UPD union criticizes consulting firm following racial profiling investigation

The University Police Department and SUNY Buffalo State are at odds over a recent investigation into racial profiling claims against the department by professional services firm Margolis Healy & Associates.

Representatives from Margolis Healy were on campus last week to conduct an analysis of UPD, which concluded Friday afternoon with an exit meeting where the firm’s preliminary observations were presented to Buffalo State administration and UPD Chief Peter Carey.

The private firm was hired by Buffalo State earlier this semester after accusations of racial profiling were filed against campus officers. Prior investigations by the Office of Equity and Diversity as well as an internal investigation by the University Police Department showed no evidence to these claims.

The weeklong visit included interviews with officers who called into question the professionalism of the representatives as well as the true independence of the investigation.

The investigation prompted a statement Tuesday from the New York State Police Benevolent Association, the union that represents UPD officers, calling into question the conduct of Margolis Healy.

In the statement, the BPA affirmed its support for the officers “against a biased consultant conducting an unprofessional investigation of the department.”

“It is very clear from the accusatory tone, as well as the disrespectful nature and immature nature of the consultant’s employees that they have already concluded our department is somehow dysfunctional, unprofessional and in need of their expensive services,” said Michael J. Mabee, PBA vice president and director of the State University Police Lieutenants Association.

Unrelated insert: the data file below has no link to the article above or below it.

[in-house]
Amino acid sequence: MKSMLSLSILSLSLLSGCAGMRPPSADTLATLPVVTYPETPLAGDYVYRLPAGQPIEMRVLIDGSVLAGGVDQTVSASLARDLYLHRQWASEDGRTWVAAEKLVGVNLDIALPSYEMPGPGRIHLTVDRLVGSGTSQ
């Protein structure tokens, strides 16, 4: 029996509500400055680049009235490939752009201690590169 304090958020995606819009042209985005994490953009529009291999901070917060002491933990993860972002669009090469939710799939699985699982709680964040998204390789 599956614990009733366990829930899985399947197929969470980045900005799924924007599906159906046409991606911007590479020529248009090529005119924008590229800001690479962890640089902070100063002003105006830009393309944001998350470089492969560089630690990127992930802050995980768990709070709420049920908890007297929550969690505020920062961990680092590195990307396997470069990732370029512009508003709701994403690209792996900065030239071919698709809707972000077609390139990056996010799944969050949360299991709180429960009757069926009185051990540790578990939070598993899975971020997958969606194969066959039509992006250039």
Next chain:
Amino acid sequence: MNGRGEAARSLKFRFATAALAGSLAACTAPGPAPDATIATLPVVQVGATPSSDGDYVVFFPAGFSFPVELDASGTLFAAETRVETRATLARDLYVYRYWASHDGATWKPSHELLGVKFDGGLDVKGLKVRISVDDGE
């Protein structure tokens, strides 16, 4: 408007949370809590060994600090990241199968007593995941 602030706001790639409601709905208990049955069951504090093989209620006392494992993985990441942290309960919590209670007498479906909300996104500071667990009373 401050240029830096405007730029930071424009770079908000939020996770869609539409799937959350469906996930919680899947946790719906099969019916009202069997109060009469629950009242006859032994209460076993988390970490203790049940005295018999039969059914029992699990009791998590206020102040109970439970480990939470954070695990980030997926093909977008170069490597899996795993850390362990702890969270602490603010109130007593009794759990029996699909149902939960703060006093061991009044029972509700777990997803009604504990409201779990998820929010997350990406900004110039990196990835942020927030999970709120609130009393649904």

“We are a professional organization providing the campus with the best law enforcement possible,” Mabee continues. “What’s more, we provide equal treatment and protection to every person who spends time on our campus. Any suggestion to the contrary is outrageous, unfounded, and reckless.”

PBA executive director Dan DeFedericis said Margolis Healy was critical of the department before the investigation was completed.

DeFedericis said the firm suggested that the department’s accreditation was insufficient, the use of bulletproof vests and side arms by officers was unnecessary, and that enforcement was heavy-handed.

“They asked an officer why the department doesn’t let DWI suspects off with a warning, and why wouldn’t they call a cab for the suspect,” DeFedericis said. “Interestingly, the consultant happens to offer expensive services that address some of the conclusions they will likely draw in their report. This is a hatchet-job and an effort to up-sell unnecessary services to the college at the expense of taxpayers and campus safety.”

When asked to respond to these claims of unprofessionalism and up-selling, Nicole Twohig, a member of the communications department of Margolis Healy, laughed but said it is the company’s policy not to comment on work they are conducting with clients.

“The university hired us so it is up to them to comment on these claims,” Twohig said.

In an email, Buffalo State interim President Howard Cohen called the PBA’s concerns “completely premature” given that the investigation is still ongoing.

“Margolis-Healey was brought to Buffalo State to assess our police operations against best practices for campus policing,” Cohen said. “The consultants were not here to evaluate any individuals, personnel actions, or specific complaints.”

A final report from Margolis Healy is expected in 30 to 60 days.

Cohen said he will share the recommendations with all faculty, staff, students and members of the University Police Department.

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Twitter: @MikeVProvenzano